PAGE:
In college, Li majored in electronic engineering. As a master’s student, Li took a data mining course, where he classified the quality of photos based on different metrics. Li’s interest in photo classification led him to change his major to statistics.
“I didn’t like the electronic engineering research, I wanted to do something new (and was) interested in data analysis,” Li said.
Li uses Bayesian statistical tools to draw conclusions in two areas of application, digital pathological images and microbiomes, which are collections of microorganisms, using both data and prior knowledge. High resolution images of pathological tissues can be analyzed by a deep learning AI to identify different types of cells, Li said. The patterns of cells are statistically quantified and used to predict patient survival outcome.
“If you are suspicious that you might have cancer … I want to confirm that,” Li said.
Li also identifies biomarkers that can be used to predict colorectal cancer by quantifying bacterial abundance in the human microbiome.
Research is often rife with challenge, as all three professors can attest to. In math research, one can get stuck on an aspect of the problem for months, even years. In statistics research, a major challenge is locating datasets that can prove the merits of one’s methodology.
“You find yourself at this side of the chasm looking across and you just don’t know how you’re going to get across, and I think that’s the most frustrating thing,” McKeown said. “Our students feel frustration because they don’t know how to solve a problem, but we do too.”
McKeown said that he had once been stuck on one problem for three months, another for nine to ten months, and is still grappling with a third problem, which he set aside a year ago because he did not see a solution.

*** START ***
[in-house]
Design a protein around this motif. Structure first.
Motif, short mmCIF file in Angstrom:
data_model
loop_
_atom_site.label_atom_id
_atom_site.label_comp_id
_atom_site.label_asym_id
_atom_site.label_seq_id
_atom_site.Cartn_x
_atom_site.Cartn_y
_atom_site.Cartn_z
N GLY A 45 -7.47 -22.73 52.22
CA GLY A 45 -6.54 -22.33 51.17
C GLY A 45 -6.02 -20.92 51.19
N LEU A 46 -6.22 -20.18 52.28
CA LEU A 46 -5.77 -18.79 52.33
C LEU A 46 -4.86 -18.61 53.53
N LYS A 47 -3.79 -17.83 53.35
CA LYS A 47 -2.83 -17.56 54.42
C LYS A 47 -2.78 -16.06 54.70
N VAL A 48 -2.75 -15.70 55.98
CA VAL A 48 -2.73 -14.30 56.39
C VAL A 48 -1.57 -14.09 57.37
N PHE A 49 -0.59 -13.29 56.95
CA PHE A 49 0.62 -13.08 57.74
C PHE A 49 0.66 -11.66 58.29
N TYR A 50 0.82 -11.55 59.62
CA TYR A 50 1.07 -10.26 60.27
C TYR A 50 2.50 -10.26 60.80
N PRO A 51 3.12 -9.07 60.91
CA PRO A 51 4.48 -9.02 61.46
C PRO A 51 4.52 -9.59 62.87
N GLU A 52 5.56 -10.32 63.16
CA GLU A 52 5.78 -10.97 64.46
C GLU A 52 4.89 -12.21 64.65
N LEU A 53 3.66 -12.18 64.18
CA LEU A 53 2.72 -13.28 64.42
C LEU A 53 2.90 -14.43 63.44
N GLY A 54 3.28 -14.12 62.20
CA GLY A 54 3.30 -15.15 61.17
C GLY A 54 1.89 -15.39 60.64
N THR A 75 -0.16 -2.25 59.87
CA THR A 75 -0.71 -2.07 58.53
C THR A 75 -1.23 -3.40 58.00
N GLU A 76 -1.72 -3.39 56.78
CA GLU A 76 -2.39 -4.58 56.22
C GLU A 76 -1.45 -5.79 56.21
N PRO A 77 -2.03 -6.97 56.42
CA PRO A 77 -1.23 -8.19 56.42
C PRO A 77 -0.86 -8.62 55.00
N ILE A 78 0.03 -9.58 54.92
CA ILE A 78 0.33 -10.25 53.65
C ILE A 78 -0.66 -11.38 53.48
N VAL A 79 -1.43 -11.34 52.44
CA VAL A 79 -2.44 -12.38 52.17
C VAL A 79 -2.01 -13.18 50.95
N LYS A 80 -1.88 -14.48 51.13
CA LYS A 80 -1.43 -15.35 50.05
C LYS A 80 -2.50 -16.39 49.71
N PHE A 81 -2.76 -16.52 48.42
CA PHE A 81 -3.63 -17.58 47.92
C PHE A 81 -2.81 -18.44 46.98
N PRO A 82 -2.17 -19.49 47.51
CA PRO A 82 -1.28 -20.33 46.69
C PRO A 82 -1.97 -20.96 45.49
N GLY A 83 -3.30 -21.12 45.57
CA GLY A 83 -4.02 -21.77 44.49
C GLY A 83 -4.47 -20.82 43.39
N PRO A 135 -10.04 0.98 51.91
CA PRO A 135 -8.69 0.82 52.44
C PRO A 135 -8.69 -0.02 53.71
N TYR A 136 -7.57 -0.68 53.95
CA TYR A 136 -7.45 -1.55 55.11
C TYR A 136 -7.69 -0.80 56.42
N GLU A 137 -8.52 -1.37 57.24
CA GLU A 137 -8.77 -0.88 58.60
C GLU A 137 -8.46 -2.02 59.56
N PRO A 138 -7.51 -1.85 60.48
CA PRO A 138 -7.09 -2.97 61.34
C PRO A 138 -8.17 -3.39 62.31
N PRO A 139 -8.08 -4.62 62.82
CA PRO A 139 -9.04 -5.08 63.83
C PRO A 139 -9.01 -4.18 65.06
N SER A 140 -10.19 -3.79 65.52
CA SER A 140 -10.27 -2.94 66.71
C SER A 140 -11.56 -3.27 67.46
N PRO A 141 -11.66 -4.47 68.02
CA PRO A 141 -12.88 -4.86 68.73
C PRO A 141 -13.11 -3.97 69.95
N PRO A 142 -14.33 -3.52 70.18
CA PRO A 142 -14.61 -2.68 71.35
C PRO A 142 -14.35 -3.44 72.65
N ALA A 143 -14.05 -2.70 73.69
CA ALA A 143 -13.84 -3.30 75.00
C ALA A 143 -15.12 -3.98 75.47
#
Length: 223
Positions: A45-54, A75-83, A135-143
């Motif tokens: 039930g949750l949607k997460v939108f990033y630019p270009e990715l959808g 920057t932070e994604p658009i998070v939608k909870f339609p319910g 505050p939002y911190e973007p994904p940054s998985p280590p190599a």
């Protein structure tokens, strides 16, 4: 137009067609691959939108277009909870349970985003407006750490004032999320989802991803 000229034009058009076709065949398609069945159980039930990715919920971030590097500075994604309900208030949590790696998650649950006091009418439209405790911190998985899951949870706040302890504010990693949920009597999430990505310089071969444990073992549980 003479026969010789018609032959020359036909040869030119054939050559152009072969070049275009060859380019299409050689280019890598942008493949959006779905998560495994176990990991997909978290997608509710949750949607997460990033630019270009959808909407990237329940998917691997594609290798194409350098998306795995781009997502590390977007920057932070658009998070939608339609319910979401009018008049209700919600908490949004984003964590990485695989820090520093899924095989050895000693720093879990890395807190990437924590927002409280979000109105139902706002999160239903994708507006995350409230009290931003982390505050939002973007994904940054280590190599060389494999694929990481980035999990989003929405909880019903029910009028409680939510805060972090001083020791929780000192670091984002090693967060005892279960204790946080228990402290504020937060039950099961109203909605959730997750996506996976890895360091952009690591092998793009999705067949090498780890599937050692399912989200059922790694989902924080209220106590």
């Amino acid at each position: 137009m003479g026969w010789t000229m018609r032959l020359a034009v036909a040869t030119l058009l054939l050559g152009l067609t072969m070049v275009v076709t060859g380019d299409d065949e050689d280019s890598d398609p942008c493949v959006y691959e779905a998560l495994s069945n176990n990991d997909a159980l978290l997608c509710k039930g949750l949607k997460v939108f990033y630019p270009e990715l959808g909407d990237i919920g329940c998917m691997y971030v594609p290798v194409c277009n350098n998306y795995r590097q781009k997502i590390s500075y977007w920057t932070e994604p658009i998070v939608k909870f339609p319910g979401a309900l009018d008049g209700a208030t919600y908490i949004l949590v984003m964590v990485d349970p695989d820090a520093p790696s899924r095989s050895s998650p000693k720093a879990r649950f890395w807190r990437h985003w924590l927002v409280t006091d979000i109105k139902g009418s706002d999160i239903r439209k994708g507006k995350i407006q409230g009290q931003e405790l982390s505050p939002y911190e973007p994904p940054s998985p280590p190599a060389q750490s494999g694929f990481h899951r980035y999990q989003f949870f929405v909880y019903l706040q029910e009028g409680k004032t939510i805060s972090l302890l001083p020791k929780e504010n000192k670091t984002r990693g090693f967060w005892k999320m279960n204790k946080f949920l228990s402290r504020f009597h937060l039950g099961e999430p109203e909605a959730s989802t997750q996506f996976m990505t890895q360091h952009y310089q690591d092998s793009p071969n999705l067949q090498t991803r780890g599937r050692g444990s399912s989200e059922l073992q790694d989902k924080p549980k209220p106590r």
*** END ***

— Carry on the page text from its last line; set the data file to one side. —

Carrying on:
“One of my mentors in undergrad said, ‘the mathematician spends 90% of his time depressed and 10% of the time elated,’” McKeown said.
To bridge that chasm in a problem, McKeown may write out arguments or read papers that reference a similar concept. This helps him gain a new perspective on the problem and adapt other techniques to his situation.
“The actual process of sitting down and doing math, I enjoy,” McKeown said. “I think that moment of when you actually understand something you didn’t before is … in some sense why you’re a mathematician, because that’s really rewarding.”
He also appreciates how complex math ideas are built around simple fundamental concepts.
“The biggest, most beautiful proofs in the subject are reducible in some sense to (the) little things in the most pleasing way,” McKeown said.
As advice to aspiring students, McKeown suggests taking a variety of math classes and participating in an undergraduate research project to find out whether math is a good fit.
“Challenge yourself and put yourself in classes where you’ll have to prove things, (to experience) a small taste of getting stuck on something (and of) the frustration and the excitement and joy of getting past it,” McKeown said.